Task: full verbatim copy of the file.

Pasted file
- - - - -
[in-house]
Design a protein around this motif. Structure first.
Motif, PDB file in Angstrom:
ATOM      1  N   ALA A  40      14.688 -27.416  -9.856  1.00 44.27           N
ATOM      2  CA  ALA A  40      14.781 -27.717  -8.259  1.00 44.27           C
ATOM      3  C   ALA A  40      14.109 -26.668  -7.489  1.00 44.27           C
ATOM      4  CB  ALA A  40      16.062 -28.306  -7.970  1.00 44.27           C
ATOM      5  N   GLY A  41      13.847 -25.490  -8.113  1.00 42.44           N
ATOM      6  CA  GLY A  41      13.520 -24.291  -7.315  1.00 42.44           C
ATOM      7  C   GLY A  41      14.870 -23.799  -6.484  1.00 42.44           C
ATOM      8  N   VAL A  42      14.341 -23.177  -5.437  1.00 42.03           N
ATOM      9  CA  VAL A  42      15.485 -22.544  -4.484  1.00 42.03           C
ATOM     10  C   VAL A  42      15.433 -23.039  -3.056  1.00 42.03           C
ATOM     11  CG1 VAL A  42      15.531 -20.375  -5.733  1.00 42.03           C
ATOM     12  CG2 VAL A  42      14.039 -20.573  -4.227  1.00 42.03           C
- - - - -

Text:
[in-house]
Design a protein around this motif. Structure first.
Motif, PDB file in Angstrom:
ATOM      1  N   ALA A  40      14.688 -27.416  -9.856  1.00 44.27           N
ATOM      2  CA  ALA A  40      14.781 -27.717  -8.259  1.00 44.27           C
ATOM      3  C   ALA A  40      14.109 -26.668  -7.489  1.00 44.27           C
ATOM      4  CB  ALA A  40      16.062 -28.306  -7.970  1.00 44.27           C
ATOM      5  N   GLY A  41      13.847 -25.490  -8.113  1.00 42.44           N
ATOM      6  CA  GLY A  41      13.520 -24.291  -7.315  1.00 42.44           C
ATOM      7  C   GLY A  41      14.870 -23.799  -6.484  1.00 42.44           C
ATOM      8  N   VAL A  42      14.341 -23.177  -5.437  1.00 42.03           N
ATOM      9  CA  VAL A  42      15.485 -22.544  -4.484  1.00 42.03           C
ATOM     10  C   VAL A  42      15.433 -23.039  -3.056  1.00 42.03           C
ATOM     11  CG1 VAL A  42      15.531 -20.375  -5.733  1.00 42.03           C
ATOM     12  CG2 VAL A  42      14.039 -20.573  -4.227  1.00 42.03           C